Originally Posted by 4damind
Nice plug-in. Bought it
But needs a small documentation about the parameters and eventually some hints about the usage.
The tooltips are useful to say what a knob does but they don't replace a manual. For example, the tooltip for the spread knob in the taps tab doesn't fully explain what it is doing. The knob's units are percent but percent of what? I presume the time of the delay but that is just an educated guess.
The TAPS Spread knob controls how the delay taps are spread out in time. This value can be viewed as a percentage of the overall delay time:
- A Spread value of 0% means that all of the delay taps have the same delay time, where the delay of all the taps is determined by the DELAY slider. The taps are right on top of each other. This seems like a bad idea, but the modulation oscillators work independently on each delay taps. A Spread value of 0% + modulation DEPTH set to greater than 0% = through-zero flanging.
- A Spread value of 100% will result in the taps being evenly distributed in time. For example, using the 8 Tap mode, a spread of 100%, DELAY at 800 msec, and Skew and Random at 0%, will result in the following tap distribution for each output channel:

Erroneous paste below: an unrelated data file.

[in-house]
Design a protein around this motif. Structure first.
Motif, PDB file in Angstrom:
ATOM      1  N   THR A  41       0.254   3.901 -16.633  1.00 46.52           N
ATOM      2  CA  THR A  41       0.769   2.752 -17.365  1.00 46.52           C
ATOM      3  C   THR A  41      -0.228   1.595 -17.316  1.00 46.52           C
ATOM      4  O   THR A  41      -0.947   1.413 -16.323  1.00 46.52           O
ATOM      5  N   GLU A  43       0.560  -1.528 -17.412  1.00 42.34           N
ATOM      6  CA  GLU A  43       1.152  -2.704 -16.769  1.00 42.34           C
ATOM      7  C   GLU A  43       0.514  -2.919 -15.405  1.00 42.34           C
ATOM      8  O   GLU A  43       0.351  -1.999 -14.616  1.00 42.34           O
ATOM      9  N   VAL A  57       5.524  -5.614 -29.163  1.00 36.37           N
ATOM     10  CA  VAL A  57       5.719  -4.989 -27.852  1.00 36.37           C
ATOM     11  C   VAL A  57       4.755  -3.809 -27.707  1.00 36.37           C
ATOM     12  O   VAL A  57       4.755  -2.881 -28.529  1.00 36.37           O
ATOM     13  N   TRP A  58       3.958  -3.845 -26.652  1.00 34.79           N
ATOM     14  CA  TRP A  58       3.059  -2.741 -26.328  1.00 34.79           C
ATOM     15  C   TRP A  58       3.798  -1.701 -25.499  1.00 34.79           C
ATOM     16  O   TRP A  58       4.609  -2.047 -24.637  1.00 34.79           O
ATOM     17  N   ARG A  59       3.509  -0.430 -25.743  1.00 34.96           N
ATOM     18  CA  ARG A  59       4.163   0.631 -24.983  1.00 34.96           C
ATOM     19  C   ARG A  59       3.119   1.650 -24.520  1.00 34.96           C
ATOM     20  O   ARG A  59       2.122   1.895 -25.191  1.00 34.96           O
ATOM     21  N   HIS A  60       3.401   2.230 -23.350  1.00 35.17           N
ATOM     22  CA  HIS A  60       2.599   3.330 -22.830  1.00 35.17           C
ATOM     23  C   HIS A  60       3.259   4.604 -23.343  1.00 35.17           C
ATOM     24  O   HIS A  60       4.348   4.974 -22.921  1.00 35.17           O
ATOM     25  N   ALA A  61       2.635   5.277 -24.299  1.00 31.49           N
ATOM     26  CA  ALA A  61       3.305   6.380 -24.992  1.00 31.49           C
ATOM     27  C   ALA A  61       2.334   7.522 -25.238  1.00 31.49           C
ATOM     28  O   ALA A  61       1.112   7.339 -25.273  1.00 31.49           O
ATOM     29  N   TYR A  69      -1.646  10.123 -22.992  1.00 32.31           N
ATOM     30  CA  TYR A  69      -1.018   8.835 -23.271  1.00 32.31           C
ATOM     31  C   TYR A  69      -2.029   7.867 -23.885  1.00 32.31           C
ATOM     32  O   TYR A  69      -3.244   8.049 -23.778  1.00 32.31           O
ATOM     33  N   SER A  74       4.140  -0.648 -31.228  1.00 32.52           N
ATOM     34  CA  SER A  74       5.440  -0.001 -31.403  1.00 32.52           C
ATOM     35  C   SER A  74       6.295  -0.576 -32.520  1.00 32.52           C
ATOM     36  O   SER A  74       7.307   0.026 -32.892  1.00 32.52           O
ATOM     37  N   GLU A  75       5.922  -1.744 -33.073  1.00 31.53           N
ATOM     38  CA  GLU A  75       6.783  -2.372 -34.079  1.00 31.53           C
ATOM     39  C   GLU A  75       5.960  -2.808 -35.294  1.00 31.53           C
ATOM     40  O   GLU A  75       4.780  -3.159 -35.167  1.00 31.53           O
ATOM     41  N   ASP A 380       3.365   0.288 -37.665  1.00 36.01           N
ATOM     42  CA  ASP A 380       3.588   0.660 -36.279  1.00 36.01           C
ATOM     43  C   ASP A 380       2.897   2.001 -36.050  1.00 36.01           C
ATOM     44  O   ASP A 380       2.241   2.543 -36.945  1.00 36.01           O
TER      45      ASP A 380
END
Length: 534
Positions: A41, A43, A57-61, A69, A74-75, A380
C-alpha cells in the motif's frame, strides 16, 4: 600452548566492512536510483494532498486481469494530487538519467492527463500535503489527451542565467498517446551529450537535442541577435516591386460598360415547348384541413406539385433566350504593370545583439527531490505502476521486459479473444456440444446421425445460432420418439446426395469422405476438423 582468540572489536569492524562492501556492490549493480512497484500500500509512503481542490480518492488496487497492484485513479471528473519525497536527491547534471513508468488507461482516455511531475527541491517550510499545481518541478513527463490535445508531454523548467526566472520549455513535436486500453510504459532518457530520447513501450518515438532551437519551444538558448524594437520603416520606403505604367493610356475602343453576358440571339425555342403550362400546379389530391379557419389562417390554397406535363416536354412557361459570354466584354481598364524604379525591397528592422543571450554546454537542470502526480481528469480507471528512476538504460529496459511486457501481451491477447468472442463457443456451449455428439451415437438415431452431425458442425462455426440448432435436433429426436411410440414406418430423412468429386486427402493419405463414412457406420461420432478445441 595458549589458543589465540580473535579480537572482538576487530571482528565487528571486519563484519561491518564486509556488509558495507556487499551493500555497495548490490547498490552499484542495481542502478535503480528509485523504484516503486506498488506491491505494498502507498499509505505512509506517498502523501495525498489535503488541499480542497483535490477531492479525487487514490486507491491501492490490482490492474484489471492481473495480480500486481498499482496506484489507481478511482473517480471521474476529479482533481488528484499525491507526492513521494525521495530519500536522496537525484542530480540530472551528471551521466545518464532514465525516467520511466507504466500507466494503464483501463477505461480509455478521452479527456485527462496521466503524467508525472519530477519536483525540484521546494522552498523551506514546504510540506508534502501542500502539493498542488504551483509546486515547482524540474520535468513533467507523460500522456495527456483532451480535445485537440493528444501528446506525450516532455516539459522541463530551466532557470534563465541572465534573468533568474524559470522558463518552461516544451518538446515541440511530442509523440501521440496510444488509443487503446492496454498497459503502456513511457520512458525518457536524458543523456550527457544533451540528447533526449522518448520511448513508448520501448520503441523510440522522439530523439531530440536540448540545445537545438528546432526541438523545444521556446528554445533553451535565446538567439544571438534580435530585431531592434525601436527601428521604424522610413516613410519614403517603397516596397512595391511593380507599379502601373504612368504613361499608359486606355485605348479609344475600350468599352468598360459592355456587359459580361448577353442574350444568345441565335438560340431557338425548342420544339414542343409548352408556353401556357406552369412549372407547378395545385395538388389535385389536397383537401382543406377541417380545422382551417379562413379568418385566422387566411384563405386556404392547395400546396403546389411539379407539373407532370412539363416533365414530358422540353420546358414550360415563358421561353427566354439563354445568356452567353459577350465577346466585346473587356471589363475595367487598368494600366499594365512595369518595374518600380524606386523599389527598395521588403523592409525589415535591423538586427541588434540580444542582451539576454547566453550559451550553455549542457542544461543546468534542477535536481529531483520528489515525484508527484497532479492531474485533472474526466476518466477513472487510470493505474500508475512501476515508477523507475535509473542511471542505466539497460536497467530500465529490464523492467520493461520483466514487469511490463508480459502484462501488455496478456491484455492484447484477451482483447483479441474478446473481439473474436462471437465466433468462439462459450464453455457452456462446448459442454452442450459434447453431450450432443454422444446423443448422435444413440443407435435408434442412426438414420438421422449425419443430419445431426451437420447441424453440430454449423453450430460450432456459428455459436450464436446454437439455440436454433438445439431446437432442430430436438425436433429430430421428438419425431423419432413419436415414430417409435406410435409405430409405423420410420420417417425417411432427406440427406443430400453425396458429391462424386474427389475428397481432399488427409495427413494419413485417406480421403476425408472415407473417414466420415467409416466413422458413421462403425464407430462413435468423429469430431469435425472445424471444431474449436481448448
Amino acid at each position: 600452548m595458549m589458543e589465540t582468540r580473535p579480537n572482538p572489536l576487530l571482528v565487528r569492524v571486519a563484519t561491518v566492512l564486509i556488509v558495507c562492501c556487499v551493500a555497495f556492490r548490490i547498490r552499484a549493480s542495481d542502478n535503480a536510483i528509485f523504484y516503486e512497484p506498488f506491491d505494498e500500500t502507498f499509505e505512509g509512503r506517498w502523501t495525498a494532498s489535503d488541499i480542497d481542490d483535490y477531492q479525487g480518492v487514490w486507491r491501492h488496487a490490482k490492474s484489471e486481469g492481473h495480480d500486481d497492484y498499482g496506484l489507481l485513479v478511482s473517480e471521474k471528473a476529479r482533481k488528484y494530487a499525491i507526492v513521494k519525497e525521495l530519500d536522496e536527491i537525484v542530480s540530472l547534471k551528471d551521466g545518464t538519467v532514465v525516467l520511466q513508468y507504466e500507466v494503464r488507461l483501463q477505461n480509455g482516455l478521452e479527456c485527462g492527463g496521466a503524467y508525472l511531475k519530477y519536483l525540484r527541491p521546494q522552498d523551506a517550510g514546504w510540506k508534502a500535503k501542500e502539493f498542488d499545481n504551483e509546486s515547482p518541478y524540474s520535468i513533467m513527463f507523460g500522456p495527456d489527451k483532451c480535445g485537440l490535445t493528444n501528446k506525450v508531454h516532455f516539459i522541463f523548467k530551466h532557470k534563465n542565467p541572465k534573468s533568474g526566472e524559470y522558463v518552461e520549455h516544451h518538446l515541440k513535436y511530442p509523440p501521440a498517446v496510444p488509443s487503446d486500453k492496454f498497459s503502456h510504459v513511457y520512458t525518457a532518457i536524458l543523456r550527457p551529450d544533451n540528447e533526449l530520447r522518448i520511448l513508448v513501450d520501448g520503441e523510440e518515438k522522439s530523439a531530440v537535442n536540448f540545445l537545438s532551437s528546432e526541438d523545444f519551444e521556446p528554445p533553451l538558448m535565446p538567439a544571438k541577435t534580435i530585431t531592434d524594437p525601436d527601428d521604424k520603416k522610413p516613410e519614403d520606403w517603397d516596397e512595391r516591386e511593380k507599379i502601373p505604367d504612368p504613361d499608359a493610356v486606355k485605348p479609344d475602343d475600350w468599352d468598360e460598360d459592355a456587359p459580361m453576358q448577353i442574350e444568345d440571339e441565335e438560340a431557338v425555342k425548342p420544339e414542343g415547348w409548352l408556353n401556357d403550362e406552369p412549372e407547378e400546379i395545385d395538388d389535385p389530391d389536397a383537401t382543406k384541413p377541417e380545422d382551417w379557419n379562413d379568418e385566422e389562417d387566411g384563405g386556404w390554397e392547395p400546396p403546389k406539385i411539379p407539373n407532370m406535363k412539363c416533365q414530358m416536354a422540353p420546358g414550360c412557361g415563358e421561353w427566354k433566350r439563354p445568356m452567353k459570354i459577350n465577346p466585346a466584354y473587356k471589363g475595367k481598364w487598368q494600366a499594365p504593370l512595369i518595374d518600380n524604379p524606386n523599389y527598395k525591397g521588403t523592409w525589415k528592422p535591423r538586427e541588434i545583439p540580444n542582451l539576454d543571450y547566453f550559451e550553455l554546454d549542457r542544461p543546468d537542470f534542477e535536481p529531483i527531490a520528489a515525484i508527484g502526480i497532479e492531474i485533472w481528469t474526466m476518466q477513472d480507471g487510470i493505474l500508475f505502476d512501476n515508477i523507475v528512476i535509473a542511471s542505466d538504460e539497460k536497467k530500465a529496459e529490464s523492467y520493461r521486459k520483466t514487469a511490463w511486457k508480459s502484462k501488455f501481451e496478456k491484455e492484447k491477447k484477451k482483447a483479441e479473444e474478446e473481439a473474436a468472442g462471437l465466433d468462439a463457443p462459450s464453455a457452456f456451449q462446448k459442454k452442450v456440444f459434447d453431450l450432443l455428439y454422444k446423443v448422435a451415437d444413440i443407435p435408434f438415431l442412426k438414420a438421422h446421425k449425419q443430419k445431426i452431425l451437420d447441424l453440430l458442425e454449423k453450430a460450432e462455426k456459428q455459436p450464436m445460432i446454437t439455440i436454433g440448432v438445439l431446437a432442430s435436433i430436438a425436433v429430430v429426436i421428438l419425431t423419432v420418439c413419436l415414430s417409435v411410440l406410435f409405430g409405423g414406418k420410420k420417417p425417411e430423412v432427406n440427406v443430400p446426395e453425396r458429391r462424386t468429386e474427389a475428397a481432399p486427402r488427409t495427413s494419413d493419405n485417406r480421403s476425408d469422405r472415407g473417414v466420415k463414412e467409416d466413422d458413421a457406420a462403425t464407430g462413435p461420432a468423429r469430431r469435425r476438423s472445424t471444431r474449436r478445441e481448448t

Tap1: 200 msec
Tap2: 400 msec
Tap3: 600 msec
Tap4: 800 msec
- Spread values in between will control how much of the space is filled between the maximum delay setting (set by DELAY) and the input to the delay. So a Spread value of 50% in the 8 tap mode as detailed above will result in the following tap delays:
Tap1: 500 msec
Tap2: 600 msec
Tap3: 700 msec
Tap4: 800 msec
I'll figure out the math so people can dial in polyrhythms as one of my Tips & Tricks blog posts. Quote:
What about the diffusion knob? Again it is in percent but percent of what? If it set it to 50% am I adding half of whatever a full diffusion is? Am I diffusing 50% of my taps?
Diffusion controls the allpass coefficients of the diffusion section. It is a separate block, and affects all the delay taps (it sits in series before the delay taps are read out).
A Diffusion setting of 0% results in no diffusion. In this case, this is like adding a straight delay to the main DELAY time, where the extra length is determined by DiffSize.
A Diffusion setting greater than 0% turns up the allpass coefficients. This results in a "smearing" of the sound, as extra echos are added to the signal. With higher Diffusion settings and larger settings of DiffSize, various reverb sounds can be dialed in. For shorter DiffSize settings, the result is a thickening of the sound produced by the main delay taps.
It is worth noting that, as Diffusion is turned up, the amount of delay provided by DiffSize increases. To be more precise, the sound transforms to a straight delay to a decaying sound. There will be more of this type of documentation posted on the blog in the next few weeks.
source: kvr forum